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Come Grow With Me


If life were a teabag, I would claim mine was steeped in addiction. My personal and professional lives have been flavored and created by family alcoholism. And despite all the inherent rawness and imperfection found there, I am grateful.


I am grateful because somehow I found a way out of those painful dynamics. I gained awareness of how the untreated illnesses of my father and my spouse jaundiced their ability to form healthy emotional relationships. They were not bad men, just men who listened way-too-many-years to the siren call of their addiction to alcohol.


Alcoholism/addiction is a less-than-charitable illness, a greedy, grasping, malicious one that is capable of eating away the emotional health of all concerned.


So after winding through the painful paths created by my own responses to those rocky dynamics, I somehow made my way into personal recovery and into a profession that feeds both my spirit and soul. But take me into a social setting outside of recovery circles and I am often left scratching my proverbial head when asked what I do for a living.


My response, "I've worked in the field of addiction counseling for 30 + years," is almost always followed by some seconds of silence.


"Oh really." Do I sense a slight pull-away? "That must be really difficult work."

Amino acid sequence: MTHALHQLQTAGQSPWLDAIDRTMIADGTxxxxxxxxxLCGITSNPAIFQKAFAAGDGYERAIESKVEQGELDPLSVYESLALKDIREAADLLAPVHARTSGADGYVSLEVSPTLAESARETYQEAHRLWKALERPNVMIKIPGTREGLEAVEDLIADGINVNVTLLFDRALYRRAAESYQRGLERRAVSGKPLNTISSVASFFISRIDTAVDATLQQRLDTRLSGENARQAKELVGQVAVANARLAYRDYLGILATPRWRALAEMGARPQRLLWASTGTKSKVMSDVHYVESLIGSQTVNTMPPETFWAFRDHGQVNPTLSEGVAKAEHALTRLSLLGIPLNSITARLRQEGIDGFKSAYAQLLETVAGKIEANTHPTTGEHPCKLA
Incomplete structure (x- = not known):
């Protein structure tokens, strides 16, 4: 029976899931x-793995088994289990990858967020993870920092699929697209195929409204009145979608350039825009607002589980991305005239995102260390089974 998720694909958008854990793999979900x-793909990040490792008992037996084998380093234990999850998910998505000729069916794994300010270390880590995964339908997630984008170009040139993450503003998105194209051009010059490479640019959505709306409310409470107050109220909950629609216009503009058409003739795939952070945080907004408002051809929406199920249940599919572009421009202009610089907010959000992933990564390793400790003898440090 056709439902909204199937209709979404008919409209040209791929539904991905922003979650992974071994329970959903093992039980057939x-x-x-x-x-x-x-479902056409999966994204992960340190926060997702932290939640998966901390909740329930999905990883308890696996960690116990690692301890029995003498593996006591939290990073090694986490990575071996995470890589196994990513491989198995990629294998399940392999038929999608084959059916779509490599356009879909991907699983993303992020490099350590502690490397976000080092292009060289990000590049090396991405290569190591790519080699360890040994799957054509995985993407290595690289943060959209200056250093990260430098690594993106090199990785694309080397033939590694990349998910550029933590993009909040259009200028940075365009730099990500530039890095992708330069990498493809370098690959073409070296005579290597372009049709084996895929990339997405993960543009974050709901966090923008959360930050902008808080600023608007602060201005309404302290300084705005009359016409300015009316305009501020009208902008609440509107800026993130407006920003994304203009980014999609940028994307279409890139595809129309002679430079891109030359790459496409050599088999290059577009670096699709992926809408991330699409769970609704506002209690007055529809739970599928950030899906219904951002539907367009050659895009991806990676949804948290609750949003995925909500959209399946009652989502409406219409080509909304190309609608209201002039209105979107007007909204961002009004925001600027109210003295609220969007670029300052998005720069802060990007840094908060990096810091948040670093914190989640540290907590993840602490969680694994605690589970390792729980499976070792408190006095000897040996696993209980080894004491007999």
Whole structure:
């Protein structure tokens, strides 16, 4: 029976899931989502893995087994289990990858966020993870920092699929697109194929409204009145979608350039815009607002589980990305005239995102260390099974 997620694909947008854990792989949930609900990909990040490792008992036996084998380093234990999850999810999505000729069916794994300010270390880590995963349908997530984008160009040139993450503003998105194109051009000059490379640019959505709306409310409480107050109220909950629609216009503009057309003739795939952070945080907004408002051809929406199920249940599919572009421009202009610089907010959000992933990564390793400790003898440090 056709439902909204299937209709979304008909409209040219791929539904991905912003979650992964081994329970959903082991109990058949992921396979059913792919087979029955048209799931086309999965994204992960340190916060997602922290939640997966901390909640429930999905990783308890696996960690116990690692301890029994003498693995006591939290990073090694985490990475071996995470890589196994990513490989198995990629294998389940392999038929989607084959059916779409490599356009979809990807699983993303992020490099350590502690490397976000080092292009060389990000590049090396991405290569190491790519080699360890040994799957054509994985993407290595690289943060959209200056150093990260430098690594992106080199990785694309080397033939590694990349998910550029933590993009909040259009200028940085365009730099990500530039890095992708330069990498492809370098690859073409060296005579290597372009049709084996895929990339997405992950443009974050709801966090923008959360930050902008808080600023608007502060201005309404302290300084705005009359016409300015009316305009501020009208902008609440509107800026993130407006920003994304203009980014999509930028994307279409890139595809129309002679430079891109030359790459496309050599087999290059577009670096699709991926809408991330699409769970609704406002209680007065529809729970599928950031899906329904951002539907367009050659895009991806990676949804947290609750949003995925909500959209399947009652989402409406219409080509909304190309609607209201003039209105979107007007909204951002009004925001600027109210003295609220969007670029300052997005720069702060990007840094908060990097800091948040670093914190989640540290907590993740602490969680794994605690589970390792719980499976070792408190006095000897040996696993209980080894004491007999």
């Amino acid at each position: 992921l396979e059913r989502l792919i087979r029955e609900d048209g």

Then onto more socially acceptable topics like climate change or ways to cheapen one's cable bills. I've come to expect social conversations to hit that wall. Years ago I stopped trying to explain the spiritual benefits derived from working in a profession whose sole purpose is helping others claim emotional/psychological health in the face of active addiction. Sometimes I wish I could shout out the benefits.


Yes, cable men and women are valuable; they repair important parts of our external lives. Addiction counselors are privileged to be a part of repairing our internal lives. And here are but a few of the benefits a family member can claim when tired enough of the pain experienced through a loved one's addiction to drugs or alcohol:

1. A deeper understanding of what powerlessness to change another actually means

2. Emotional flexibility, knowing what you feel and what to do with what you feel

3. An invitation to look at all that is good about being YOU

4. Developing your personal spiritual components of God, Higher Power, the Divine


So step away from trying to rescue the addicted one and step into your own recovery. You'll find all the help you need to begin healing your relational dynamics!